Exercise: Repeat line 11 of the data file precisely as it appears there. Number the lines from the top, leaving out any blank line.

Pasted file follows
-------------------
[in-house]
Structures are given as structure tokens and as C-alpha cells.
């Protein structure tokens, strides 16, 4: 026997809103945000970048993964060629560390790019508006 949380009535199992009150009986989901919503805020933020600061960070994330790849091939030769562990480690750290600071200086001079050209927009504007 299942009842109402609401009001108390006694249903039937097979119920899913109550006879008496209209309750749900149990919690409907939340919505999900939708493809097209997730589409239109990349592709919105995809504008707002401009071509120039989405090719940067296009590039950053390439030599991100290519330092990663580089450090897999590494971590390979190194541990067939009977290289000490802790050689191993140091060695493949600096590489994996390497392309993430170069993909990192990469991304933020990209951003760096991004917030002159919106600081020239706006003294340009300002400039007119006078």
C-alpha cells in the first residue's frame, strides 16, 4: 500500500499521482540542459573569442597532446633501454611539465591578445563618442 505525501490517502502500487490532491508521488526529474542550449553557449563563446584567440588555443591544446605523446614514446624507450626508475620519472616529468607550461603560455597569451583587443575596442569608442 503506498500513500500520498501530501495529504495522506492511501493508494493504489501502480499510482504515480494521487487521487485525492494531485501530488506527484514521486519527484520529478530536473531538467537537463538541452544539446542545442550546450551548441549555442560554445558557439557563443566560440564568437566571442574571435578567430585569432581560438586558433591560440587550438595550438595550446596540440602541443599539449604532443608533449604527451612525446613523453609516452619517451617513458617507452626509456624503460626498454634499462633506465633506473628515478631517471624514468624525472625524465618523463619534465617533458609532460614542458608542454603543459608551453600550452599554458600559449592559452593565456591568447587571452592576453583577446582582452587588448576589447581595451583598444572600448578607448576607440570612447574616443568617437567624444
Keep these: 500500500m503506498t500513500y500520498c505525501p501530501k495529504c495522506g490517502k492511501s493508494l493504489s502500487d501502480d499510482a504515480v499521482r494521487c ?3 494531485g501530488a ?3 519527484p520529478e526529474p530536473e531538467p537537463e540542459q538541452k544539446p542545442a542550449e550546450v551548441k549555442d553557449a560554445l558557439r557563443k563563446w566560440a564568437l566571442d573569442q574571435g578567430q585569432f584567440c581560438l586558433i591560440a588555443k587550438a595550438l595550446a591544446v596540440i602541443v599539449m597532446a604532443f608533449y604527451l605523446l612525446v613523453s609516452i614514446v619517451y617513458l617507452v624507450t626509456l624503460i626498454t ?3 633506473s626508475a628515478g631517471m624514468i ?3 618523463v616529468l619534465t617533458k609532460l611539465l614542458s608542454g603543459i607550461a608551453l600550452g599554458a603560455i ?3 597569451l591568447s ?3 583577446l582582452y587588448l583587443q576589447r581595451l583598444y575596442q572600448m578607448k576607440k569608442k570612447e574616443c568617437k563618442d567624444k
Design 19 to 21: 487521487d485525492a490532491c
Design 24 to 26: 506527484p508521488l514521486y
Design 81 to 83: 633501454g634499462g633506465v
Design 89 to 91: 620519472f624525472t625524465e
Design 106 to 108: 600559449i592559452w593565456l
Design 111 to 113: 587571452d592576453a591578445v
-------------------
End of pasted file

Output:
Design 111 to 113: 587571452d592576453a591578445v